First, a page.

Monday, August 18, 2008

They Are Only Eight Years Old

I taught my Primary class yesterday. What a ruckus. They're actually very good kids, and do a great job through sharing/singing time. When we got to class, I decided to tell them so, and said that I thought that they were the best class in the Primary.

After giving well-earned praise, I started the lesson. It was on Samuel the Lamanite. The second I mentioned his name, someone shouted that they'd already had that lesson. I team teach with another lady, and so am in class every-other week. It's very possible that we got mixed up, and that my lesson was a repeat. I was feeling a little tired yesterday, and would have been OK with going for a walk outside or allowing 30 minutes of hangman. So I asked them to each tell me one thing that they remembered from the lesson on Samuel, not telling them that if they passed then we'd skip the lesson all together.

I got nothing.

Oh they talked, but not about anything that had anything to do with Samuel. I decided to go ahead with the lesson.

"No! We've already had this one!"
Me, "OK. I need to know that you learned something, so tell me what you know about Samuel the Lamanite."
One little girl, "Well, I don't know if I was here last week."
One little boy who was looking at the pictures in his Book of Mormon, "Who is this in this picture?"
Another child, "We had a video about Nephi."
Me, "That's the lesson that I taught two weeks ago."
Little girl, "I don't think I was here."

Another boy tried to list off who was and who was not in class the previous week, and then tried to remember who their teacher was.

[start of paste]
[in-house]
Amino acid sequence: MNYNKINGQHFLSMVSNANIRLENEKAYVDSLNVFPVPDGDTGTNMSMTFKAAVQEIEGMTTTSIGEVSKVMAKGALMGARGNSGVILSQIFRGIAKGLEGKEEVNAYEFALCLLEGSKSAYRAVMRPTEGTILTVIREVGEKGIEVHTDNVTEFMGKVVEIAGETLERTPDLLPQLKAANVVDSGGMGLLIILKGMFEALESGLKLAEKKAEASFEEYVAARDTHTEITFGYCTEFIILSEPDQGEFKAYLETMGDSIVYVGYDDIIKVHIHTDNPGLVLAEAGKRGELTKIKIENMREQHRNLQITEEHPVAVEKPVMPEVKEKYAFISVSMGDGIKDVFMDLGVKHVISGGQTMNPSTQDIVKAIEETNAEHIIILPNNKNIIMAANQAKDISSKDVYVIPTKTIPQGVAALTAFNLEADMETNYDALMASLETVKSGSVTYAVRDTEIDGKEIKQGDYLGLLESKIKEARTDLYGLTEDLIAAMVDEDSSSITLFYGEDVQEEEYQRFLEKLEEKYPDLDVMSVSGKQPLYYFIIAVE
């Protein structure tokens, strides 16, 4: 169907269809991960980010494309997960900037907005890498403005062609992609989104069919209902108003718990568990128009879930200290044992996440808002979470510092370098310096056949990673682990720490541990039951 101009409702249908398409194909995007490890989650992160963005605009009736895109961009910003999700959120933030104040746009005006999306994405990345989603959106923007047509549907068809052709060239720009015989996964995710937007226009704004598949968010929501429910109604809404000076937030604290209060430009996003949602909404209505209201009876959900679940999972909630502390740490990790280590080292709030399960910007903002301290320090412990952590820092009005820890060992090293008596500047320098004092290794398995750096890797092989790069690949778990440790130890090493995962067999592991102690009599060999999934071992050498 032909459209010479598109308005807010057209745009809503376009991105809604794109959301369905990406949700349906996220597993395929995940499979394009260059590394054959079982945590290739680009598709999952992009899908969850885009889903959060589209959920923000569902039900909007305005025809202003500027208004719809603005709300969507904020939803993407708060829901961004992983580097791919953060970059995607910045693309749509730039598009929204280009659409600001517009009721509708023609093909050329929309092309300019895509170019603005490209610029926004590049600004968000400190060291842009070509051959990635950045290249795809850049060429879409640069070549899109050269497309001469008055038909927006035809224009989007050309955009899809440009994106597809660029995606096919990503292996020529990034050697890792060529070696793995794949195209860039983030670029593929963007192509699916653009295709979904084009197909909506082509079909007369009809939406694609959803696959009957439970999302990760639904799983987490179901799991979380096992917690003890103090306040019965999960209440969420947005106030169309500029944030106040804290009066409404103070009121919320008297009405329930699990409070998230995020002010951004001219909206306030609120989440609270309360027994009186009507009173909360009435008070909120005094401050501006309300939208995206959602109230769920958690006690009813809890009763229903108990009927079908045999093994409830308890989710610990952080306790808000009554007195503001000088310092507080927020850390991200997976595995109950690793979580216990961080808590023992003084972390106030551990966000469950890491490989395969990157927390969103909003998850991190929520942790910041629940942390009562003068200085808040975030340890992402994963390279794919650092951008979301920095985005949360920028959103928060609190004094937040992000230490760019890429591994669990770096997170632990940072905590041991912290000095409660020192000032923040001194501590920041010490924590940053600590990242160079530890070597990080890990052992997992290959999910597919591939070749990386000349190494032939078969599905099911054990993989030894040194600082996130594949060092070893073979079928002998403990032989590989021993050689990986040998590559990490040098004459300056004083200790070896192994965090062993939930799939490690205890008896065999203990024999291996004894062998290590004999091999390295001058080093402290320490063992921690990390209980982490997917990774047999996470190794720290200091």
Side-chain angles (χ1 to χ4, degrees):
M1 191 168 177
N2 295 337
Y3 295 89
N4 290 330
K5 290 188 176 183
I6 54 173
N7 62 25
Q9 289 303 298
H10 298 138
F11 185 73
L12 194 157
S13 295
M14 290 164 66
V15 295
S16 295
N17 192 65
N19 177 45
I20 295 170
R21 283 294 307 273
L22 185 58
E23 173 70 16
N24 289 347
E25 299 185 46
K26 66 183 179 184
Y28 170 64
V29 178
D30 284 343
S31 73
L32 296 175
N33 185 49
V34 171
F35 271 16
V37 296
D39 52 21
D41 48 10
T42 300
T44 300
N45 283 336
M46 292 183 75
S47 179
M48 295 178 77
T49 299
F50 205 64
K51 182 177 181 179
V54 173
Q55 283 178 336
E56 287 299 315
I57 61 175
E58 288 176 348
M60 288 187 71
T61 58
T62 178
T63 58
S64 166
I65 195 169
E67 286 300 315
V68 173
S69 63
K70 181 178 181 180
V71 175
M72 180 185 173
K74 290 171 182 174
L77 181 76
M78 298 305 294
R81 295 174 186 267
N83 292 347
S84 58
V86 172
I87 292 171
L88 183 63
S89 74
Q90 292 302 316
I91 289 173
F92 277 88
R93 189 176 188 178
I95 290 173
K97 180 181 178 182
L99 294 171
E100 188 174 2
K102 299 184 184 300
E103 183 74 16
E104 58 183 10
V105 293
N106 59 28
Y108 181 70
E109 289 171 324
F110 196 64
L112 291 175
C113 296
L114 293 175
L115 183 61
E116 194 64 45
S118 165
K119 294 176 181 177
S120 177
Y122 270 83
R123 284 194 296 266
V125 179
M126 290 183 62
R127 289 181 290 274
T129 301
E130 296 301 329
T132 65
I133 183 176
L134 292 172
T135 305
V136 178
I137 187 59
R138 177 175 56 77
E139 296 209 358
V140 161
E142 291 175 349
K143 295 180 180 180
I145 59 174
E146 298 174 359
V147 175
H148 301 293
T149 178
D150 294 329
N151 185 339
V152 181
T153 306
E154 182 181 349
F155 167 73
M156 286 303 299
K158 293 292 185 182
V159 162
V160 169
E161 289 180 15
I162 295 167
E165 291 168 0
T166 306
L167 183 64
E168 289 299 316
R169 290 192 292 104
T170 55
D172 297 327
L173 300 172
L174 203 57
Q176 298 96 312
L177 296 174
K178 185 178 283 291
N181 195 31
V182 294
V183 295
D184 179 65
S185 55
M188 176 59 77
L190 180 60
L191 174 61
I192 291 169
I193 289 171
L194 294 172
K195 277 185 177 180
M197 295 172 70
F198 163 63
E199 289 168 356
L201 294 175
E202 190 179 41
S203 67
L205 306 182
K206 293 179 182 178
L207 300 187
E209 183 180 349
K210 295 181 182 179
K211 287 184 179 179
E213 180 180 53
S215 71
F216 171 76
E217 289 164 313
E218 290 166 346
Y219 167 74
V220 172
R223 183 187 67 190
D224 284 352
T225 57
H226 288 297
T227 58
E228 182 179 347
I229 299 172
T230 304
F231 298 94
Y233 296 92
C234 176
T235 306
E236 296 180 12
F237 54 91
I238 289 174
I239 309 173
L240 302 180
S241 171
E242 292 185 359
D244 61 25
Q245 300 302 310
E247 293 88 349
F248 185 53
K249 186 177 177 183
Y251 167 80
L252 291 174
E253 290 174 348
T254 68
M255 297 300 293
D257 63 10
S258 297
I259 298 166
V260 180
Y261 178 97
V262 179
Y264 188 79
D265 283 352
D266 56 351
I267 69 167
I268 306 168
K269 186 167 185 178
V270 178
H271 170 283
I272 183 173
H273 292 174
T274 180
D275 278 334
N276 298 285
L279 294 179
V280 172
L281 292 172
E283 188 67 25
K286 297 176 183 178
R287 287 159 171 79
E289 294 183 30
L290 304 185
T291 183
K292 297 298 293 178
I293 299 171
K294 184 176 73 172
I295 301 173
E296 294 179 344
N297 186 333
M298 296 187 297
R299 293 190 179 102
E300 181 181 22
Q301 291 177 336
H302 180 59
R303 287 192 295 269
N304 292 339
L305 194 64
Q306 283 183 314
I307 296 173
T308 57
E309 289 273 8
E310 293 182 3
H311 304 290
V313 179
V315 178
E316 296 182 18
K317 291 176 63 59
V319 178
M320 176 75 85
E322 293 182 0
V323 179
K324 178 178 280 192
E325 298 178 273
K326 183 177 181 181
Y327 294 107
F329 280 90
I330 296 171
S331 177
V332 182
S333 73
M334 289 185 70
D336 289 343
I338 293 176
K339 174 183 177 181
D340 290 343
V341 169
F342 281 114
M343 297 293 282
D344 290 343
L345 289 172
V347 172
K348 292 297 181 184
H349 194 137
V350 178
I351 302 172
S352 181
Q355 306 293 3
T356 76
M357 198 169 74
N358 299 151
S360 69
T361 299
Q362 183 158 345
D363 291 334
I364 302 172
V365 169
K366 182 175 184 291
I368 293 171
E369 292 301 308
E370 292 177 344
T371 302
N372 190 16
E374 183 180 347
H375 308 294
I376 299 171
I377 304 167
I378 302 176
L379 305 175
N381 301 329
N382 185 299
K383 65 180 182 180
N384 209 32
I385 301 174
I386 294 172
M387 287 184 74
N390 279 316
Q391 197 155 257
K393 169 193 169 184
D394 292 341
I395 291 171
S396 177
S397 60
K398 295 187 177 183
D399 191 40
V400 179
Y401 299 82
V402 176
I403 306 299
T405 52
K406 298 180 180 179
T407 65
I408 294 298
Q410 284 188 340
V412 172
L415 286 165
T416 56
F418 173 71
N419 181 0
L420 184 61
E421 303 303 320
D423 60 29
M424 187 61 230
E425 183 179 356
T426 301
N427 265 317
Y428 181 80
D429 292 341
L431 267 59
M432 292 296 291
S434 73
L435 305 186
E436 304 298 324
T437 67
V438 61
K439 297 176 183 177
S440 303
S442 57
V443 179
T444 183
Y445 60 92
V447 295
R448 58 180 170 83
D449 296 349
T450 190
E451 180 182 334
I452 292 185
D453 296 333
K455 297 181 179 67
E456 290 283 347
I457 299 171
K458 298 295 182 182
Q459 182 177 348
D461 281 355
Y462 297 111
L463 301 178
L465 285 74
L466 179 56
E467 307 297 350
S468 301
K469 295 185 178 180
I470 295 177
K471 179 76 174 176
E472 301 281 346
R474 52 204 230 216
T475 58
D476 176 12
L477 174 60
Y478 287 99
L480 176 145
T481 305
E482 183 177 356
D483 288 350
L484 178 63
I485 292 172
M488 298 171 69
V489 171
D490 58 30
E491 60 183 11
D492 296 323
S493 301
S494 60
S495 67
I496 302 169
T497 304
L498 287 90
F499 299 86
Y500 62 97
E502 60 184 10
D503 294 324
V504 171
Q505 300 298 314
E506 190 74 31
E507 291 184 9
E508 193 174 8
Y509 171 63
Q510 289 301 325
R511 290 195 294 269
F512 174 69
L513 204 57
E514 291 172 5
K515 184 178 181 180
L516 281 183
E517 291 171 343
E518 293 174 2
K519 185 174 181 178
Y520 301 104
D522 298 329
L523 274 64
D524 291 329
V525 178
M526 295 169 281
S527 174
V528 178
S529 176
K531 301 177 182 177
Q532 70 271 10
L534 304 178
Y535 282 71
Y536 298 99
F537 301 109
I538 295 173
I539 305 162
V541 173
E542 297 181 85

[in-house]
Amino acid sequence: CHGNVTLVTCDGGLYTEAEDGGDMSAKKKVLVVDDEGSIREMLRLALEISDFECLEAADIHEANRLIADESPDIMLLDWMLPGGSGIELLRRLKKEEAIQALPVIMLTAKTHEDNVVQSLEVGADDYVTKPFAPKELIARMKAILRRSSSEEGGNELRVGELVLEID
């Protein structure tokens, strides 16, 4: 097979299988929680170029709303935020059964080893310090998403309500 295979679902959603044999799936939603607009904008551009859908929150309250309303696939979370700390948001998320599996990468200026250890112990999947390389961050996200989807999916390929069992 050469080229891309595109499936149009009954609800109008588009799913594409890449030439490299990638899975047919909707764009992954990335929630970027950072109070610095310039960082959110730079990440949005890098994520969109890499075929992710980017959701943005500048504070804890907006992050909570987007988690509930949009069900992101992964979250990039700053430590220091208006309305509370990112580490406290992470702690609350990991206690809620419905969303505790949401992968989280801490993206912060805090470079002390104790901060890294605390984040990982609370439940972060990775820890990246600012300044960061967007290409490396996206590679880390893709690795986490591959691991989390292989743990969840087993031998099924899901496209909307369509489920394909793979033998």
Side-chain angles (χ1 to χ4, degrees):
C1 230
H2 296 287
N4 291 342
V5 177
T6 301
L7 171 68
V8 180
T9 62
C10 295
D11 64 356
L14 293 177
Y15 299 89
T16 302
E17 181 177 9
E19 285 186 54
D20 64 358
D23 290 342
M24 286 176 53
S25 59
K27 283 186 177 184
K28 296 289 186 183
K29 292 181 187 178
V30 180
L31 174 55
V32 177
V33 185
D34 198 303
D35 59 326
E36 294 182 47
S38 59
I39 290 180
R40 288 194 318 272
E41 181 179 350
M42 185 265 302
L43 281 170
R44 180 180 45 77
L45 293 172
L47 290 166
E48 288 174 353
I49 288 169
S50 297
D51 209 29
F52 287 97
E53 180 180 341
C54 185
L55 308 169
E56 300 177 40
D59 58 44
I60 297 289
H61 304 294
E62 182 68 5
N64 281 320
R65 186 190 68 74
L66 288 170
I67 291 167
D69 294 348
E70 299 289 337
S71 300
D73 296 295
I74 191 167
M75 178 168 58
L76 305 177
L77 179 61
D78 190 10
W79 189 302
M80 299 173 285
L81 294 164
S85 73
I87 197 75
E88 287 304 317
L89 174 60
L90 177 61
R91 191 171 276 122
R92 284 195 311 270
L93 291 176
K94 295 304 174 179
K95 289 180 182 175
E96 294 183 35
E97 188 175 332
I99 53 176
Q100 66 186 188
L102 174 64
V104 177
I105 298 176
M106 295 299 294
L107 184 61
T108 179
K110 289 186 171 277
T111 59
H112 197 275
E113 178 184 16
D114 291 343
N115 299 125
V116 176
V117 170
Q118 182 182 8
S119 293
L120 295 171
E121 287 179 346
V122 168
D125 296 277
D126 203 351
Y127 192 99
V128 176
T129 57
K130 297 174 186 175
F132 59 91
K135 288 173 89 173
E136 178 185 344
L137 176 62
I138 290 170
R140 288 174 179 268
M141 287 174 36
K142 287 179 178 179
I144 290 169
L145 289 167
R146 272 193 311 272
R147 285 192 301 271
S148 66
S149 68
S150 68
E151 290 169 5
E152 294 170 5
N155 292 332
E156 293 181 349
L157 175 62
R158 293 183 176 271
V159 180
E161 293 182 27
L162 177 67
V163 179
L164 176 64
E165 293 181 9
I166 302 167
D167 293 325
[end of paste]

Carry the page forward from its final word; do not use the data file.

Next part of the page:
All of this helpful information was mixed in with a bunch of chattering to each other about who knows what.


I didn't really yell at them, but I was tempted to take back all of the nice things I'd said about what a good class they are. Geesh. But instead, I simply gave the lesson. I don't know what they learned the week before (I'm afraid nothing), but clearly it wasn't about Samuel.

Once we got started they settled down, listened and participated just like good Primary children should. We finished up with about five minutes left for hangman. Why is that game so popular with the Primary kids? I don't know, but they sure do love it.


Kelli said...

Crazy 8 year old kids! I remember teaching primary a few years back and I would get so frustrated and then there was those few A-ha moments where they got the point and felt the spirit and all was right with the world. I lived for those moments! And singing time. Love singing time.

Nicole said...

I taught the 4 year-old kids on their first day of real Primary this year. After teaching a beautiful lesson about Jesus, I asked each of them to tell me what they were thinking about (regarding Jesus, but I didn't say that). One kid told me he was thinking of a snack. Sigh.

Maybe they'll remember Samuel now that they've heard of him from you. :)